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Gilead's New Hepatitis C Drug Will Cost More

Laura Joszt
Despite the current high cost of Gilead Science's hepatitis C drug, the next generation version will be even more expensive. However, the company also struck deals with generic drugmakers to bring the drug to developing countries.
Despite the current high cost of Gilead Science’s hepatitis C drug, the next generation version will be even more expensive, according to Reuters.

Sovaldi costs $1,000 a pill or $84,000 for the full 12-week treatment. However, Gilead’s new all-oral treatment for the hepatitis C virus is expected to be shorter and simpler, according to Kaiser Health News. Nearly half of hepatitis C patients can be cured after 8 weeks with the new pill compared with 12 weeks on the current regimen.

According to Reuters, the new treatment could effectively cut treatment costs by one-third for patients who only stay on the treatment for the shorter timeframe. The new treatment combines Sovaldi with the experimental therapy ledipasvir. The current regimen, which includes Sovaldi, ribavirin, and interferon, costs $95,000 in total.

The new drug cures up to 99% of patients, compared with 90% on the current regimen, and US health regulators will decide by Oct. 10 whether or not to approve the drug.

Gregg Alton, Gilead’s executive vice president of corporate and medical affairs, did not give an exact price for the new medicine, but did tell Reuters that it will be less than Sovaldi plus Olysio, Johnson & Johnson’s daily protease inhibitor, which costs up to $150,000.

However, more than half the total global infected population lives in developing countries. Monday, Gilead announced agreements with 7 India-based general pharmaceutical companies: Cadila Healthcare Ltd., Cipla Ltd., Hetero Labs Ltd., Mylan Laboratories Ltd., Ranbaxy Laboratories, Ltd., Sequent Scientific Ltd., and Strides Arcolab Ltd.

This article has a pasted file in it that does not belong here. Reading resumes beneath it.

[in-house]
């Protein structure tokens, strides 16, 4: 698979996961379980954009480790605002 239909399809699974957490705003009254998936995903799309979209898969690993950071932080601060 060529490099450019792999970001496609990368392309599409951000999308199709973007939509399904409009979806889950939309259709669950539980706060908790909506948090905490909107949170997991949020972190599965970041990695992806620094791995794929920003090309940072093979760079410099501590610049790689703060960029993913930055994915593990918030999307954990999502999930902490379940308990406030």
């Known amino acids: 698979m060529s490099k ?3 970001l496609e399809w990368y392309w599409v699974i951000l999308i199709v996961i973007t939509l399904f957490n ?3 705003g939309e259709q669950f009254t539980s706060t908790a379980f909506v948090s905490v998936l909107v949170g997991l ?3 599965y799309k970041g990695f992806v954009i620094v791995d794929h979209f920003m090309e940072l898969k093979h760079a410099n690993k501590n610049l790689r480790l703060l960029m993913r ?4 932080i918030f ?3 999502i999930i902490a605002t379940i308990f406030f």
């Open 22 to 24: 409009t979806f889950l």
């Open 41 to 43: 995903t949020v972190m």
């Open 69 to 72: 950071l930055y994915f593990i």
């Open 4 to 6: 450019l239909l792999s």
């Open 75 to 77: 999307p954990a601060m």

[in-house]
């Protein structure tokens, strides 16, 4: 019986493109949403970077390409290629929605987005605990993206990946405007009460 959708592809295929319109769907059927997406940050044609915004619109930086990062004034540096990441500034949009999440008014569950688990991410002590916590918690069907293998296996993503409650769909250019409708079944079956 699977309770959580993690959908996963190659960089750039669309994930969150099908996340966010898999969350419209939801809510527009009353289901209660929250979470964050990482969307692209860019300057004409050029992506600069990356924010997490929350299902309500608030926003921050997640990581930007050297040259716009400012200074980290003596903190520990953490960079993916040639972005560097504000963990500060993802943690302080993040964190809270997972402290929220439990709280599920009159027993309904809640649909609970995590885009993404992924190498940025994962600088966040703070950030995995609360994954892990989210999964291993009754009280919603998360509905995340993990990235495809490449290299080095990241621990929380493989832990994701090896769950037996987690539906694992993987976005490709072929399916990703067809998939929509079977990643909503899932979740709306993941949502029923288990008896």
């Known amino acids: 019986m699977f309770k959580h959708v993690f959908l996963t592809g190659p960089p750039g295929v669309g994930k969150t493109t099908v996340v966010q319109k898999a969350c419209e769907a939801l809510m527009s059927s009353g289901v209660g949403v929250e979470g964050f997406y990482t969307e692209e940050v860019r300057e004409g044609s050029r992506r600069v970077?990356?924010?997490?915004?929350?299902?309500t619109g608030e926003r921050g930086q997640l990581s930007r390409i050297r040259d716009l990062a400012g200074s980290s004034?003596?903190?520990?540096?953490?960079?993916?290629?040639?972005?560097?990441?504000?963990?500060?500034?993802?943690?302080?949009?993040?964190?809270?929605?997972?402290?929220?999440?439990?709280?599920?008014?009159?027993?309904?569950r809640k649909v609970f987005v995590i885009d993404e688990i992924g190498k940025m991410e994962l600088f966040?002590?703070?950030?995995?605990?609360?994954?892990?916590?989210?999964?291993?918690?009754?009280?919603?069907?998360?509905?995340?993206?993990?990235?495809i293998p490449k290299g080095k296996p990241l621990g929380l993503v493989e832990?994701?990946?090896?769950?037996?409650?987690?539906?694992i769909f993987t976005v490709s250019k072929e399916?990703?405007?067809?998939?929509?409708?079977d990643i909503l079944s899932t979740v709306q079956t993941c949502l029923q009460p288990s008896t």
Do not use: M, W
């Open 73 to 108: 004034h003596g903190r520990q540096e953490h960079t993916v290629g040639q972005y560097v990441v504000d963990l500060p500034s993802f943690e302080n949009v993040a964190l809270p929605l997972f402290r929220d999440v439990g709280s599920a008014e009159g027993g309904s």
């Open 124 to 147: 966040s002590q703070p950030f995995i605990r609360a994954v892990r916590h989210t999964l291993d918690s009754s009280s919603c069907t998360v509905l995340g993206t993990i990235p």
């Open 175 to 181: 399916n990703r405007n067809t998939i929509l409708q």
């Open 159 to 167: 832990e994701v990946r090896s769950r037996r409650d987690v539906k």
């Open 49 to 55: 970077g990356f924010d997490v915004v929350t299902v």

These companies will manufacture the generic sofosbuvir and the investigational single tablet regimen of ledipasvir and sofosbuvir for 91 developing countries, which account for 54% of the world’s hepatitis C population.

According to The New York Times, Gilead will introduce the drug in India at $10 a pill, or 1% of the price in the United States. A 24-week course of treatment will cost $1,800. At the earliest, the generic version of Sovaldi will be available in India, where people are generally infected with a different form of the virus, in the second or third quarter of 2015.

“Hepatitis C is a significant public health issue worldwide, and Gilead is working to make its chronic hepatitis C medicines accessible to as many patients, in as many places, as quickly as possible,” Alton said in a statement. “In developing countries, large-volume generic manufacturing and distribution is widely regarded as a key component in expanding access to medicines. These agreements are essential to advancing the goals of our humanitarian program in these countries.”


 
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